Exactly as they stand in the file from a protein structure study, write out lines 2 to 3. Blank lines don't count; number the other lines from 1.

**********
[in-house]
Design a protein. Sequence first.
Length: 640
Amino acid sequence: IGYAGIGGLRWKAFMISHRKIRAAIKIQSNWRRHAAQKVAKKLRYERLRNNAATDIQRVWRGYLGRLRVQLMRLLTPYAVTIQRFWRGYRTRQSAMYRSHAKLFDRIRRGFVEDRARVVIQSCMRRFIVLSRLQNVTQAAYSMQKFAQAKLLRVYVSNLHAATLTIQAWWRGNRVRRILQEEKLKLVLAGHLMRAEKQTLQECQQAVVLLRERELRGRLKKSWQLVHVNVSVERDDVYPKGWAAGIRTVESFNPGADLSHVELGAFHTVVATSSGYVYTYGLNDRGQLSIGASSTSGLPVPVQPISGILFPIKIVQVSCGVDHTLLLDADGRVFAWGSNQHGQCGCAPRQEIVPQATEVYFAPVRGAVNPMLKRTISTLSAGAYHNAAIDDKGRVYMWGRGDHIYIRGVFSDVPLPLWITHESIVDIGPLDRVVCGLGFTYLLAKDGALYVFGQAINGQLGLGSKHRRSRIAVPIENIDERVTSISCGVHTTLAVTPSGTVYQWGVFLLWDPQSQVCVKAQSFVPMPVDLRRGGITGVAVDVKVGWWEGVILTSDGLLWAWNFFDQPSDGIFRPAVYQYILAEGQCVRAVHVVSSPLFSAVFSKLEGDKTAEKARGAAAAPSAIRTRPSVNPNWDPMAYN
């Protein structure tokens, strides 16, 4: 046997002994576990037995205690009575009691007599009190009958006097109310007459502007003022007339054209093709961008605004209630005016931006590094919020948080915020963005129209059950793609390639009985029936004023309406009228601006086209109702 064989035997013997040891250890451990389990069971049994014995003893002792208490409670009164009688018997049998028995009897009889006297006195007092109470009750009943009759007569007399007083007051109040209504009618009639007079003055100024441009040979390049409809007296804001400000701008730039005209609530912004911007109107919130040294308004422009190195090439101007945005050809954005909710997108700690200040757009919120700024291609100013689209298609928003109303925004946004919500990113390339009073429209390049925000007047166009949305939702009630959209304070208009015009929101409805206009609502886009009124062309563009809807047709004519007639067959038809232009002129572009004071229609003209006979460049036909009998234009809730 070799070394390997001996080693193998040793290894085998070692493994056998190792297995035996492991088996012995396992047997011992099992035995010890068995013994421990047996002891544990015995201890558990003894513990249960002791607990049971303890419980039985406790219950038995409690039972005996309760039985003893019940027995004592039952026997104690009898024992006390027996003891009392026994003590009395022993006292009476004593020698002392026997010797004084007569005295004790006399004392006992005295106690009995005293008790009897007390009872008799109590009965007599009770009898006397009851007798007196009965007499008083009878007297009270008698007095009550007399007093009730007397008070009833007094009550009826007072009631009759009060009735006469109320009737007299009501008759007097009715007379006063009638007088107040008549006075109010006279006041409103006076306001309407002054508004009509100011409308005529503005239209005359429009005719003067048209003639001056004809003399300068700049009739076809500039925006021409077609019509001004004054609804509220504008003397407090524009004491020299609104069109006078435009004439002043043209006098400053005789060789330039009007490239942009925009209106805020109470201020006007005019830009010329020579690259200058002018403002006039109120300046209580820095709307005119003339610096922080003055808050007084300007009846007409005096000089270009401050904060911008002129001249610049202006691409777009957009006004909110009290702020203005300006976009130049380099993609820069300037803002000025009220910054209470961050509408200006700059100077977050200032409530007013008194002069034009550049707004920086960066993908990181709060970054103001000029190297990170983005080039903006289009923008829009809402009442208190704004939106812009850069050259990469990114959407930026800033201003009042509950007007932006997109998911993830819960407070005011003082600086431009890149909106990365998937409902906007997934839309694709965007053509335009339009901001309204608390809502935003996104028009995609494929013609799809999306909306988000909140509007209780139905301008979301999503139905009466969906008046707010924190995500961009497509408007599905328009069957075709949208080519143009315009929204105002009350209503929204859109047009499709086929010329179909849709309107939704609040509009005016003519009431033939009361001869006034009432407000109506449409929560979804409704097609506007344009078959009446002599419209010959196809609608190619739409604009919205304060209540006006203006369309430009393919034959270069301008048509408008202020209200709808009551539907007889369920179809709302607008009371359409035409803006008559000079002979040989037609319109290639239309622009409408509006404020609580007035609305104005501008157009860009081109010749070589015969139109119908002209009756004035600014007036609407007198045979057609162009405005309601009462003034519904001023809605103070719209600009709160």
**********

Design a protein. Sequence first.
Length: 640